The New York Times is reporting today that the Drug Enforcement Administration has access to a phone call database which goes back 26 years. It’s size eclipses the newly revealed NSA phone call database. What does DEA do with all of our phone records? Tracks down and busts people for marijuana. With the popularity of cocaine and heroin way down, marijuana has become the go to drug for law enforcement.
Crack is passé. Usage is down almost 80% from its peak. Heroin is out too. Injectable drugs lost their appeal after HIV/Aids hit.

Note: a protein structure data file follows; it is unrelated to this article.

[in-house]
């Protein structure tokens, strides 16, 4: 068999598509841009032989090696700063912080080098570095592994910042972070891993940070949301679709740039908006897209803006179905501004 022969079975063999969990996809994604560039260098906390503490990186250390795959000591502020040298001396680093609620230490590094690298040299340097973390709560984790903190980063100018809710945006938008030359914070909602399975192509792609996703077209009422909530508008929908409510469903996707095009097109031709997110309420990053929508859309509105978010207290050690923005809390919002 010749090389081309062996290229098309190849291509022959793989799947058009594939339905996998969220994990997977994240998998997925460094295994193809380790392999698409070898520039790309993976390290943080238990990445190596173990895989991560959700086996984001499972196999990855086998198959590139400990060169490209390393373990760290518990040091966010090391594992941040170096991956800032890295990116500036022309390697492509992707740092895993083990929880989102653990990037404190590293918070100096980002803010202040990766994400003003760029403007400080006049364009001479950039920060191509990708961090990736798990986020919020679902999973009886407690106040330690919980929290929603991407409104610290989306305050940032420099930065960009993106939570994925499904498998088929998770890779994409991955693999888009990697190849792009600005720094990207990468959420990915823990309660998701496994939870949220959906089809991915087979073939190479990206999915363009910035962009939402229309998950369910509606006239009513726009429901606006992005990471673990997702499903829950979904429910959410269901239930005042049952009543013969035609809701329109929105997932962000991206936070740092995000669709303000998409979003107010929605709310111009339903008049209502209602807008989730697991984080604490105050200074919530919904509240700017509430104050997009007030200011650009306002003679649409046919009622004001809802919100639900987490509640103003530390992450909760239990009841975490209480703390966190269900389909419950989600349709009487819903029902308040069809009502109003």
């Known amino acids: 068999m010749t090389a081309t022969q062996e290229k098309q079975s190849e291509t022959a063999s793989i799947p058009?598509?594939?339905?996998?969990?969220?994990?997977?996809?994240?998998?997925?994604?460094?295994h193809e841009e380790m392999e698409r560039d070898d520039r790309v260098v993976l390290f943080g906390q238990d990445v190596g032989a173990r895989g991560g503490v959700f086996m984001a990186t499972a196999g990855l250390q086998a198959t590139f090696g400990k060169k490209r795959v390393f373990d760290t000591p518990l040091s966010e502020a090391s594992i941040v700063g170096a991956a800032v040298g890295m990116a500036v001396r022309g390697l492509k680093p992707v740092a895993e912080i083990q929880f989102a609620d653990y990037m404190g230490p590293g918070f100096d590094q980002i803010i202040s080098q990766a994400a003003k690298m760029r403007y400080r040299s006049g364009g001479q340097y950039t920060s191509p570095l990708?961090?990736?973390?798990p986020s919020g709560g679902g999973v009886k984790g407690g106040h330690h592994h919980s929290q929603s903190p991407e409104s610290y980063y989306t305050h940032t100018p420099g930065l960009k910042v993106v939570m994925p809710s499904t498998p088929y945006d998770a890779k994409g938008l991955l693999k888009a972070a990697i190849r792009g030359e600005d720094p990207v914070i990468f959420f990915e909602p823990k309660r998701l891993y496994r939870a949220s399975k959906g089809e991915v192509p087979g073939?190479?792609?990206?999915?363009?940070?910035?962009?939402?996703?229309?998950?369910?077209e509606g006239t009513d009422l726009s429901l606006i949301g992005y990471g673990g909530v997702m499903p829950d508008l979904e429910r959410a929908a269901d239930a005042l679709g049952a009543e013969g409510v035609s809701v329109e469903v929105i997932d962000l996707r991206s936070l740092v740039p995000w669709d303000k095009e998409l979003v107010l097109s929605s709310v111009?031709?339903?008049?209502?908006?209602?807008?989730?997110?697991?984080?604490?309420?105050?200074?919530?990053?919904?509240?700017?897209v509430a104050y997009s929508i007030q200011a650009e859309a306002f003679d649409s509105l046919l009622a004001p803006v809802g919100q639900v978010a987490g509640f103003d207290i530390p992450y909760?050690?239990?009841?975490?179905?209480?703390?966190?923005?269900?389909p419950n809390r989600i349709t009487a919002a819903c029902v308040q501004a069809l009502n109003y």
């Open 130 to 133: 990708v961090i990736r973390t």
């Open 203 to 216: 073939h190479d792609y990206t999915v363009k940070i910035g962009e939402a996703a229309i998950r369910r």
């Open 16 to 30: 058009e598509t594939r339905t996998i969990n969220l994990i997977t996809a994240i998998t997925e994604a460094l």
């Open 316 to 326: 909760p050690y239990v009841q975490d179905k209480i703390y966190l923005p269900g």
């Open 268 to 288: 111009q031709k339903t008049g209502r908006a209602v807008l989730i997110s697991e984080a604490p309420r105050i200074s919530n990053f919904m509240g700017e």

Besides, big Pharm is supplying an endless supply of Oxycontin (an opiate) and Adderall (an amphetamine). Who needs street drugs when you can get the real thing if your back hurts, or you need extra concentration at work or school. So what’s left for the DEA to enforce? Weed.
While young people today use significantly less cocaine, heroin, hard alcohol and tobacco than my generation (baby boomers), marijuana usage has remained steady and even risen some. No surprise here, considering that we raised the age for buying beer from 18 to 21. With pot usage comes enforcement, and with enforcement comes questions about privacy and civil rights.